Tipping is not expected in the UK in the way it is in the United States or Canada. All staff in the UK, must by law, be paid at least minimum wage (£6.08/hour as of 2012, unless aged under 21), whether or not they receive tips. Therefore, unlike in much of North America, the need and culture for tipping is much less.

Equally, British people have a reputation in the USA for not tipping, and indeed many object vociferously to the practice, arguing that the cost should be included in the price of the food. Others however feel it appropriate to tip in various scenarios.

Taxis
It is not necessary to tip at all in taxis, but it is customary to round up to the nearest pound on metered taxi journeys, more as a convenience to both passenger and driver than as a tip.

On an airport journey in a booked minicab you might wish to tip two or three pounds if the driver helps with your bags. If taking a metered London taxi from Heathrow the metered charge will be so high compared to minicabs, that this really is not necessary.

Takeaway food
If your food is delivered to your hotel or apartment, tipping is not required, but the delivery driver would obviously appreciate a pound, or some/all of the change as appropriate, as a tip. Some customers tip, some do not.

http://www.tripadvisor.com/Travel-g186216-s606/United-Kingdom:Tipping.And.Etiquette.html

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Response to WilliamPitt (Reply #9)

Thu Feb 14, 2013, 02:11 PM

11. None is arguing that people should not be tipped.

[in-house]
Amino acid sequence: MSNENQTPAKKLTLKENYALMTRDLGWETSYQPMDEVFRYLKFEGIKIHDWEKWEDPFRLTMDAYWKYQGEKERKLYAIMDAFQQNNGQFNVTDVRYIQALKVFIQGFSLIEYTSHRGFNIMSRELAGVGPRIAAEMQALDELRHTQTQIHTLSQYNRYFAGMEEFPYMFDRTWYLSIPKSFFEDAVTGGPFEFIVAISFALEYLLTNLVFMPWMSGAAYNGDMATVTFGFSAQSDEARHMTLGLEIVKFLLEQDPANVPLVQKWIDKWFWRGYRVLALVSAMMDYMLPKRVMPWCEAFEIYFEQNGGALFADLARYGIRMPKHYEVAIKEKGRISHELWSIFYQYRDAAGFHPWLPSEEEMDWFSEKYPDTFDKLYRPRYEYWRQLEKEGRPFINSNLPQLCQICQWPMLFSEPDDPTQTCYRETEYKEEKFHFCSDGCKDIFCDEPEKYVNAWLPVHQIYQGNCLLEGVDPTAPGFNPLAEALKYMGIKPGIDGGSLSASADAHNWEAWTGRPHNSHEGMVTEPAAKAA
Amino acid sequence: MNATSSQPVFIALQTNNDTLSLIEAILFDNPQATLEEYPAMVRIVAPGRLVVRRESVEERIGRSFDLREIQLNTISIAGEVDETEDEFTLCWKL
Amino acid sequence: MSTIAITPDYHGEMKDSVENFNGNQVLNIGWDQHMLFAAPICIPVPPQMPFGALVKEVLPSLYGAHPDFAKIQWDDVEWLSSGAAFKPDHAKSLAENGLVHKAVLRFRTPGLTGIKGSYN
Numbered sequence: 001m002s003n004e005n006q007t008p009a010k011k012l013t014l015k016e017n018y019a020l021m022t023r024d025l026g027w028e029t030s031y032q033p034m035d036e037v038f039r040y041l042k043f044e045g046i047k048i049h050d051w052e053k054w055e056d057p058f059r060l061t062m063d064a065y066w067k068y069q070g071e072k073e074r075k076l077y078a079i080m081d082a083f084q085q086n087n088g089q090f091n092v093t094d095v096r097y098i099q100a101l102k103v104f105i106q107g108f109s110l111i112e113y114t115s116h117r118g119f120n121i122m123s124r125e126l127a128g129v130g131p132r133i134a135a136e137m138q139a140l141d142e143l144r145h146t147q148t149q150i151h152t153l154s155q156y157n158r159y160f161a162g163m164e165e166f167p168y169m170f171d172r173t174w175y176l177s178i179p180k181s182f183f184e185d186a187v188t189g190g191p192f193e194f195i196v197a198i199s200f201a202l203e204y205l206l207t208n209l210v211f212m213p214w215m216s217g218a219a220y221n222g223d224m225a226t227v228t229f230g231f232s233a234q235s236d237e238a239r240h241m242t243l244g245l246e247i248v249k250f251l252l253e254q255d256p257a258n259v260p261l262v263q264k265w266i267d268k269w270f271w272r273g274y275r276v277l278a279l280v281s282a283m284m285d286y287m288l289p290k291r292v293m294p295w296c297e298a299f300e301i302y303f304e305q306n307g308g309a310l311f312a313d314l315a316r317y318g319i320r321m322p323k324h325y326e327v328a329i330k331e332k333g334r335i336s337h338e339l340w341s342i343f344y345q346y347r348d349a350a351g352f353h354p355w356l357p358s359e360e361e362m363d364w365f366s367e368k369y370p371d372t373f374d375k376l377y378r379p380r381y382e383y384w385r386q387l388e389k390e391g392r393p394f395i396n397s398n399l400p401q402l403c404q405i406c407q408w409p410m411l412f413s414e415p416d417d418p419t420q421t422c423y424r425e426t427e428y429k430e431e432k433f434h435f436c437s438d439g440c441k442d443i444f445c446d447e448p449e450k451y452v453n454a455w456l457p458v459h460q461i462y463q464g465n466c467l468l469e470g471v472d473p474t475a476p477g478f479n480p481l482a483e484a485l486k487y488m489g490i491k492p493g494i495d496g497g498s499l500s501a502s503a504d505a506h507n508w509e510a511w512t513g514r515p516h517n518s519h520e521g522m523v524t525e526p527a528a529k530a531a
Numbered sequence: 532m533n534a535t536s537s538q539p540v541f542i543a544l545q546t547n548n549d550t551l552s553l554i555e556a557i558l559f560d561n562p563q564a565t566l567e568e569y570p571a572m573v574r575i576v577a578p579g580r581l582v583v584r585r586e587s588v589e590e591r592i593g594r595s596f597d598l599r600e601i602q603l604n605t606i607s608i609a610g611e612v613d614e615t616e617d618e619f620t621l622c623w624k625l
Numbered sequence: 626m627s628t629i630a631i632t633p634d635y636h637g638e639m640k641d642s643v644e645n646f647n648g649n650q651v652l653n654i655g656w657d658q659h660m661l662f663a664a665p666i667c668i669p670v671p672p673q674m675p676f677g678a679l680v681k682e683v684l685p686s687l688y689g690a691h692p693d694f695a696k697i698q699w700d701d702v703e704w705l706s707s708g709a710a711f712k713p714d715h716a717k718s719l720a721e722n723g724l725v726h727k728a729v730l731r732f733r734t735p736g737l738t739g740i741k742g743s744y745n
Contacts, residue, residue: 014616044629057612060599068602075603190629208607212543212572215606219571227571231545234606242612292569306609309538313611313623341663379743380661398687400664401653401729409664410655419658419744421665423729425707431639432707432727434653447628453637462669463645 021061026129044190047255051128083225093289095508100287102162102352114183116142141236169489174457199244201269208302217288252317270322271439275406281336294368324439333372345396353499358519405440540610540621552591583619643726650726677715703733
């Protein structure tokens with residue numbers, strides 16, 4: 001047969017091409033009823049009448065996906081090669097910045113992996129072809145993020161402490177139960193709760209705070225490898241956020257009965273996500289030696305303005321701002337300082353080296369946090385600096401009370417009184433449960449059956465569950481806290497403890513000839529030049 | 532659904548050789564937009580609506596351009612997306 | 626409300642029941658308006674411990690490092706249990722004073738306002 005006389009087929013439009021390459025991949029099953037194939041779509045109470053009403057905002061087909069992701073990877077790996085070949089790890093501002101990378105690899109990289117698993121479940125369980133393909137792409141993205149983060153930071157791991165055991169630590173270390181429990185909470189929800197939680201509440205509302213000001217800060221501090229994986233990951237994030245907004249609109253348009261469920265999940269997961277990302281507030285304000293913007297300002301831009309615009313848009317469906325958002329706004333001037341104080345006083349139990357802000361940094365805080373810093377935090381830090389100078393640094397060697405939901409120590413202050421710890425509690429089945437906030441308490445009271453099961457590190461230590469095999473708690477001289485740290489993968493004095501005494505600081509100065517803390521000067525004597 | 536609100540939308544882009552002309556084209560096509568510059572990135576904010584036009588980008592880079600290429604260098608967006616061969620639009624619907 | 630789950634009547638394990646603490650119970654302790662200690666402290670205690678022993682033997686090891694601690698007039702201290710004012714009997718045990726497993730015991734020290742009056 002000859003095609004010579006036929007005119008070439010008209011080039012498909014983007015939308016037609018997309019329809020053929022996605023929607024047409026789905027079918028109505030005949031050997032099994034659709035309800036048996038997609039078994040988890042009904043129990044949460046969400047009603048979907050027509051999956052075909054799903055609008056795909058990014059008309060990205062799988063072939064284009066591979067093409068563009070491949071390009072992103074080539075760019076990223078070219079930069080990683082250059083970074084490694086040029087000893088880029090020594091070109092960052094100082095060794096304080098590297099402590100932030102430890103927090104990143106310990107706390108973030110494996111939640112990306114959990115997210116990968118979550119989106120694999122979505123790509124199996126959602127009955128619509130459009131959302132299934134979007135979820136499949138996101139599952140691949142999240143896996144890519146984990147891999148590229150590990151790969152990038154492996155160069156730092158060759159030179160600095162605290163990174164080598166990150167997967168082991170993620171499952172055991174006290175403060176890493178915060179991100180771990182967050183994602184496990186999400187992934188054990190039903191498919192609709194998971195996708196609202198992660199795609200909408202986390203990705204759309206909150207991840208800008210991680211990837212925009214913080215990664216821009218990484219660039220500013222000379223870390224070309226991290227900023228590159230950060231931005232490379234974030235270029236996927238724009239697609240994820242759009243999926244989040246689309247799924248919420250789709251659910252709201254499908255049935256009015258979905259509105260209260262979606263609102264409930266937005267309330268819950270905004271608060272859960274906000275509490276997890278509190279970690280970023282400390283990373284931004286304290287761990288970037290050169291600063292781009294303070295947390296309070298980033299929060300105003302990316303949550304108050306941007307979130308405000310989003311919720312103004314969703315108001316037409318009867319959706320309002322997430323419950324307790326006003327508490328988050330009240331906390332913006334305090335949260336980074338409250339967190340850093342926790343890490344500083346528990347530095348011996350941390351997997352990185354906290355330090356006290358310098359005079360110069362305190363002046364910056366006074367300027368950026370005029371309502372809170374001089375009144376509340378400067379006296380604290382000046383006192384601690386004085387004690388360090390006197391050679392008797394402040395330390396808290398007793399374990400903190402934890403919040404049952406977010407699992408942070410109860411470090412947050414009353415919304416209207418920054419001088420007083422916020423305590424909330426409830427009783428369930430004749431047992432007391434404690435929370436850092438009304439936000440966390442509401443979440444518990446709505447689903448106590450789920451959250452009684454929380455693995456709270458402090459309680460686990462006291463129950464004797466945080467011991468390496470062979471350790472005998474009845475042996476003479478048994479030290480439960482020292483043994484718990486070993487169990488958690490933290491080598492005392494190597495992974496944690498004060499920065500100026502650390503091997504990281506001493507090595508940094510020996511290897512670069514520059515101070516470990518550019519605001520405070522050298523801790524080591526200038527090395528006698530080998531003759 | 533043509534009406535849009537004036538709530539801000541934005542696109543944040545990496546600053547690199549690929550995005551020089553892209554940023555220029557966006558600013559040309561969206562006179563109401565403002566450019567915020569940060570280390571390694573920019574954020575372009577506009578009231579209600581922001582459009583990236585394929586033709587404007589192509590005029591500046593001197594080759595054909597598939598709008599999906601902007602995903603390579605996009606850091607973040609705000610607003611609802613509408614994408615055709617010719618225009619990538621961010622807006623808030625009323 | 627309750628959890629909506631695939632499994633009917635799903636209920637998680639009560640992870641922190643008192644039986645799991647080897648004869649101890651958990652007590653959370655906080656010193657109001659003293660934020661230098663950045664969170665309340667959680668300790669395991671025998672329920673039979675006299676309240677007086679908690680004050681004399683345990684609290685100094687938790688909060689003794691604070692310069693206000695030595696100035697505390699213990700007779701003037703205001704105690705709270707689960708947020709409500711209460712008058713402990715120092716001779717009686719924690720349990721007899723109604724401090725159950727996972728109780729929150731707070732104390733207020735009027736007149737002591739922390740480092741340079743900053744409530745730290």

But the base pay is ridiculously low.

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Response to WilliamPitt (Reply #9)

Thu Feb 14, 2013, 08:14 PM

35. OMG you described what it was like for me to be a server

And also my sons and late husband were servers,,you are right if you walked in a server's shoes you KNOW what it is like. I am sending your article to all my friends to let them know what is like. I will send it to my older son who will remember those days. He worked in Canada where we have an decent min wage and health care. My younger son and husband have passed on.

I worked in Florida in 1968 for 50 cents an hour and no benefits. I also worked in Canada as a server for the min wage.
Now a days people pay their bill with a credit card and put the tips on them so the govt knows what tips the server makes, but it does not take into account what the servervgives to the bus boy or manager.

I Always tip at least 20 percent.

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Response to nadinbrzezinski (Original post)

Thu Feb 14, 2013, 02:12 PM